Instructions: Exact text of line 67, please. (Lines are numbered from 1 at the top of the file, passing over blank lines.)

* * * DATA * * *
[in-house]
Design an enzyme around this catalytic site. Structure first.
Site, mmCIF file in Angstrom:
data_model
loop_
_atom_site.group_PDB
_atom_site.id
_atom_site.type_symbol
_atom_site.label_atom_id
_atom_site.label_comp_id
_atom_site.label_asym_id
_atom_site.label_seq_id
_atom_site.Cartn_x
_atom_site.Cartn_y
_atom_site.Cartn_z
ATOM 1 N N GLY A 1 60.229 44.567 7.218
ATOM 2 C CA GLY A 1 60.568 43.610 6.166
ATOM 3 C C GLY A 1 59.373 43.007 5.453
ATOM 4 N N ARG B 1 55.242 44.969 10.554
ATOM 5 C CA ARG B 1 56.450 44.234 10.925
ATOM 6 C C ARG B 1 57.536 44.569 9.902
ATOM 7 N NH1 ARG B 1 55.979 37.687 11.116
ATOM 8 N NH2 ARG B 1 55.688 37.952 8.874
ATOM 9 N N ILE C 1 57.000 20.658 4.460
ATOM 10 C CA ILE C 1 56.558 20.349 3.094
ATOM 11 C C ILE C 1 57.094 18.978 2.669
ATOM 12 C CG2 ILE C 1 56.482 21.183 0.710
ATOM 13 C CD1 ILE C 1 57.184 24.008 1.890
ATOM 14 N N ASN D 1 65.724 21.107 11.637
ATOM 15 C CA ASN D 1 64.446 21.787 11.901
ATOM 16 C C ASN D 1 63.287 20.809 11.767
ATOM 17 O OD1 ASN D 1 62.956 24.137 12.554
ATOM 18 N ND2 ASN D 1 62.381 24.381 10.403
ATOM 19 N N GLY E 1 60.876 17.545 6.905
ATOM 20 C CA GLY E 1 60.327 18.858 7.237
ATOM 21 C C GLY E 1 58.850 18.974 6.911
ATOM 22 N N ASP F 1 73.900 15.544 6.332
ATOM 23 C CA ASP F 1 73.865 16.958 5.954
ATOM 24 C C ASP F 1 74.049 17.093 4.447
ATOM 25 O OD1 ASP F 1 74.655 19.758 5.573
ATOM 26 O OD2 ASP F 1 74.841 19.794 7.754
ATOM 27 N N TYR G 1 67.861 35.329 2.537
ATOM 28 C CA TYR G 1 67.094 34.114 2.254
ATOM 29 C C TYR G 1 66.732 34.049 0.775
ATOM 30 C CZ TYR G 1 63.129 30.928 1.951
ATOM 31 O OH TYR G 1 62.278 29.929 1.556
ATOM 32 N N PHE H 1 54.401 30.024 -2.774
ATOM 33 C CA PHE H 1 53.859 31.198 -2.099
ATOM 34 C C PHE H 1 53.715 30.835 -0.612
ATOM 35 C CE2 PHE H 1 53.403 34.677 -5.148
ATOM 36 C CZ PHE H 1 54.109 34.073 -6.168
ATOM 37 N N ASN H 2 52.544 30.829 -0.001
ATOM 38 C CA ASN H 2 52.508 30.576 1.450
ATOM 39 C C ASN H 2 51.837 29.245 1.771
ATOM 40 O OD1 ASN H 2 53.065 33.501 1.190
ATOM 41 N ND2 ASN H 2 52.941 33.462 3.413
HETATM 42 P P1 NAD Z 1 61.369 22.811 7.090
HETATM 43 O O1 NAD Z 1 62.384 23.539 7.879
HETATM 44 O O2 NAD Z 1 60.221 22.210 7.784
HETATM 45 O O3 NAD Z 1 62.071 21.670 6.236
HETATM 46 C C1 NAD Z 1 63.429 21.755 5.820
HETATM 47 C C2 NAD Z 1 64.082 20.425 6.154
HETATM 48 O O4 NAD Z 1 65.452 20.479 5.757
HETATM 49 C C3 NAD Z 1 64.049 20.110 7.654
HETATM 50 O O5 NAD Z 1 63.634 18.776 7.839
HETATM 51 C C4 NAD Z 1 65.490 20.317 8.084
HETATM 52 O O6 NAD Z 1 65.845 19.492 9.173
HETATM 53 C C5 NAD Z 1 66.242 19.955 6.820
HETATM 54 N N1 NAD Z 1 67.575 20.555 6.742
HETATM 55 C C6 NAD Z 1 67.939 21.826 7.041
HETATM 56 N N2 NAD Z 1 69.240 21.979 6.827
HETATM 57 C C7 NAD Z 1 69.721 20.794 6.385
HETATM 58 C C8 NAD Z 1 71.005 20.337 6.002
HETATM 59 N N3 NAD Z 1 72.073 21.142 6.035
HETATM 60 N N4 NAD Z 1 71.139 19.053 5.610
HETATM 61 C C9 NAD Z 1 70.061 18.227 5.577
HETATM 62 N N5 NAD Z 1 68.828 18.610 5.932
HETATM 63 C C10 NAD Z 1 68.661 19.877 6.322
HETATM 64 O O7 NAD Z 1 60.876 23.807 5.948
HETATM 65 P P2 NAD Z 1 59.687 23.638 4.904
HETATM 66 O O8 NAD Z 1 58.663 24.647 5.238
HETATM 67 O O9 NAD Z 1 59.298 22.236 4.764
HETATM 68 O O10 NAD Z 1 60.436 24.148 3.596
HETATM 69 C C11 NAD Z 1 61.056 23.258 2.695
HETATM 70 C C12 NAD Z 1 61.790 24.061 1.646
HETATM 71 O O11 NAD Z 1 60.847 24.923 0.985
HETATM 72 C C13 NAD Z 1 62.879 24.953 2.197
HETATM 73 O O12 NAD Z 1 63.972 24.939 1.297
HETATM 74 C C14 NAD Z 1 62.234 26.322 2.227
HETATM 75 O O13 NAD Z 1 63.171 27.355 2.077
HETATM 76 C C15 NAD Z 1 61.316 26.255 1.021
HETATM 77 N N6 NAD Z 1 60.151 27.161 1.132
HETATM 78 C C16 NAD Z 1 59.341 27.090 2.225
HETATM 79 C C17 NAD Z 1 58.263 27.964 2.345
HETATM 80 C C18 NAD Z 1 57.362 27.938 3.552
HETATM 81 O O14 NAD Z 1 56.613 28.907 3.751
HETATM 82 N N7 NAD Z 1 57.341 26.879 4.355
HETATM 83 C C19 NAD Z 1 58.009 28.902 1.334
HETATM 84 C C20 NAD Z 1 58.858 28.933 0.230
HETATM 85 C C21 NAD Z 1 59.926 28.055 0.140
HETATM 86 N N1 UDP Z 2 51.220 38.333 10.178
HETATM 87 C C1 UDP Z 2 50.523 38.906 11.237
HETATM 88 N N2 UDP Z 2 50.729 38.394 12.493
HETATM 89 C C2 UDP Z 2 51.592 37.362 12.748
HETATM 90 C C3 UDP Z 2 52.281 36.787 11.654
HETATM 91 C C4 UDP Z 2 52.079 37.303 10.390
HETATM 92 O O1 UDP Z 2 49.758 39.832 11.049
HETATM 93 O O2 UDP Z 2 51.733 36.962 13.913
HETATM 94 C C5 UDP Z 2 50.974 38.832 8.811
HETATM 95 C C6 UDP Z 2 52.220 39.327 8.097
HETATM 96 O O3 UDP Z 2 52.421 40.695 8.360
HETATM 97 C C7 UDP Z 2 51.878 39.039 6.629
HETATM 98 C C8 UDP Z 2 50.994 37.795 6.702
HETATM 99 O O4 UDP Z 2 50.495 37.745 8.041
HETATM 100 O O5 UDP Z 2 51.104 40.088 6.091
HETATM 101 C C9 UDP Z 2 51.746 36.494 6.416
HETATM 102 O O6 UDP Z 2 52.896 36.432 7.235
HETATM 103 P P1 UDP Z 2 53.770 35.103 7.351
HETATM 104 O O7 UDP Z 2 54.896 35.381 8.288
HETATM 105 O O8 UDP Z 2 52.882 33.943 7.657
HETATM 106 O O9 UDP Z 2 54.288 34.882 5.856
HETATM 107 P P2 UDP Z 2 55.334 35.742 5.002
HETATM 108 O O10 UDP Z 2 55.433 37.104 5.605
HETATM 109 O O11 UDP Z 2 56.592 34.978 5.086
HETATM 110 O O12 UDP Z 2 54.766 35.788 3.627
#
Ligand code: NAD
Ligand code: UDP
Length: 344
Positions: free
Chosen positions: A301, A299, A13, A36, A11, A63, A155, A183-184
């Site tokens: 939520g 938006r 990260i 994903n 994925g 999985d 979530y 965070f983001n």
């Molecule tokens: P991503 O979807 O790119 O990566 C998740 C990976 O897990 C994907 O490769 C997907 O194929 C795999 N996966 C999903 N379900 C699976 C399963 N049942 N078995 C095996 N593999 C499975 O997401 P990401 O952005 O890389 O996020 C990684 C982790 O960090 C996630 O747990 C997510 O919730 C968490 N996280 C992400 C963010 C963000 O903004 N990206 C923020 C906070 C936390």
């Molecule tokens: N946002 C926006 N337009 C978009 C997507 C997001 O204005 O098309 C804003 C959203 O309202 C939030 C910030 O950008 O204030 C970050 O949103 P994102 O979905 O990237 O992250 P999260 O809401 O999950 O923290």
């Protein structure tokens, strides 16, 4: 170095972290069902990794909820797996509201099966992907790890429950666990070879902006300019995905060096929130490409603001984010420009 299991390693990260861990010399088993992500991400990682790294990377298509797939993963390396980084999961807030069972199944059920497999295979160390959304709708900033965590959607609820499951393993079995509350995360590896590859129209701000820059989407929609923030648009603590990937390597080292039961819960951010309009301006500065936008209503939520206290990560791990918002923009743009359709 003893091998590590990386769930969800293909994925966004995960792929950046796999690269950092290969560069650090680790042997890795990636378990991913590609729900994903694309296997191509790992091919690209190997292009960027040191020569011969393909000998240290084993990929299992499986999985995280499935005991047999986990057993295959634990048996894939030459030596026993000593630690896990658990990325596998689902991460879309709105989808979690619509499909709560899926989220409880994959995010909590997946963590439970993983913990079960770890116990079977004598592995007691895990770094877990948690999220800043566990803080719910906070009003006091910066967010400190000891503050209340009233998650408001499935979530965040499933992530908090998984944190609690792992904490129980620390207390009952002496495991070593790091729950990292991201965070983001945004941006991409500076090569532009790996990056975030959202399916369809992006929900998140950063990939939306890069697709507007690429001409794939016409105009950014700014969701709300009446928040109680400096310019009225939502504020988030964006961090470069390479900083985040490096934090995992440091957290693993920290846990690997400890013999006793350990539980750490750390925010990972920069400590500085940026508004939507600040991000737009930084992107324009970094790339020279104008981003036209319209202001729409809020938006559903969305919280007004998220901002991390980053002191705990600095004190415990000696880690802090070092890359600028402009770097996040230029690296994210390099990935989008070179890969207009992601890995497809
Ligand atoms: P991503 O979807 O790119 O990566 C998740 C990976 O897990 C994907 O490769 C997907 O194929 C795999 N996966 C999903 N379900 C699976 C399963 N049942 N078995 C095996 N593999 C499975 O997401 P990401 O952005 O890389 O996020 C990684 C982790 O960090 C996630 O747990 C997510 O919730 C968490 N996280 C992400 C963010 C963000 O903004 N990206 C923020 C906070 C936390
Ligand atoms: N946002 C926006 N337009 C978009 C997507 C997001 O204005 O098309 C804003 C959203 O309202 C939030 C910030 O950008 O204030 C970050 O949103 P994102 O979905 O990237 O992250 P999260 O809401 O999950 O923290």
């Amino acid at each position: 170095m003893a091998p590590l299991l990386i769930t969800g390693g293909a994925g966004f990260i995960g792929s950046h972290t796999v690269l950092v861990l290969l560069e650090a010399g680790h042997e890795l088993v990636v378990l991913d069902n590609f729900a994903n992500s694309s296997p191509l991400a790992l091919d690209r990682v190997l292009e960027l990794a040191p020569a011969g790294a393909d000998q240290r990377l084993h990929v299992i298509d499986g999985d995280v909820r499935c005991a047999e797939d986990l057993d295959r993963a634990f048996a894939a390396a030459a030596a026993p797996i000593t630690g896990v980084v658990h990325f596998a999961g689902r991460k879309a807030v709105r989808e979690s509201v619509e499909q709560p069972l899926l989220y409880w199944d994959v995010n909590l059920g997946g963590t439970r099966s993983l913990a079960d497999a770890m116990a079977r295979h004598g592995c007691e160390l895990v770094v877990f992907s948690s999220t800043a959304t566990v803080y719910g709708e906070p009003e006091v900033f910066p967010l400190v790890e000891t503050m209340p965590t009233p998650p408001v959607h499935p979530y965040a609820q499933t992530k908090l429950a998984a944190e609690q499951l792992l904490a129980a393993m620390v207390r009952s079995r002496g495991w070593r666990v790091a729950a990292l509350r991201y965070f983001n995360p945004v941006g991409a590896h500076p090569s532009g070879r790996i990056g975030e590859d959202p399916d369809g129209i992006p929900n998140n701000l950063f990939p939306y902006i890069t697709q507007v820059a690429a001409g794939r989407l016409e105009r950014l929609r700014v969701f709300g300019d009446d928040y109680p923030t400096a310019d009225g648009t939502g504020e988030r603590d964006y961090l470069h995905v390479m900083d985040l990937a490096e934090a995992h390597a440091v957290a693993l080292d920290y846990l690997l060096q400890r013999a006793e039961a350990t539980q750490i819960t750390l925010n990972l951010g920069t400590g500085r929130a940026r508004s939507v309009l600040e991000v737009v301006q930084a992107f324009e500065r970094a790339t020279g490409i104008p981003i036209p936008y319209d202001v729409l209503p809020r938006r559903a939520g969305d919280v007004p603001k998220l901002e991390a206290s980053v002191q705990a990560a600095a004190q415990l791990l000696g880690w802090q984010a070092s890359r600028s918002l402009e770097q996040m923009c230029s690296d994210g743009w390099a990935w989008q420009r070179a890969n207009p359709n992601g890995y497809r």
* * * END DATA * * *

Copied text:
HETATM 52 O O6 NAD Z 1 65.845 19.492 9.173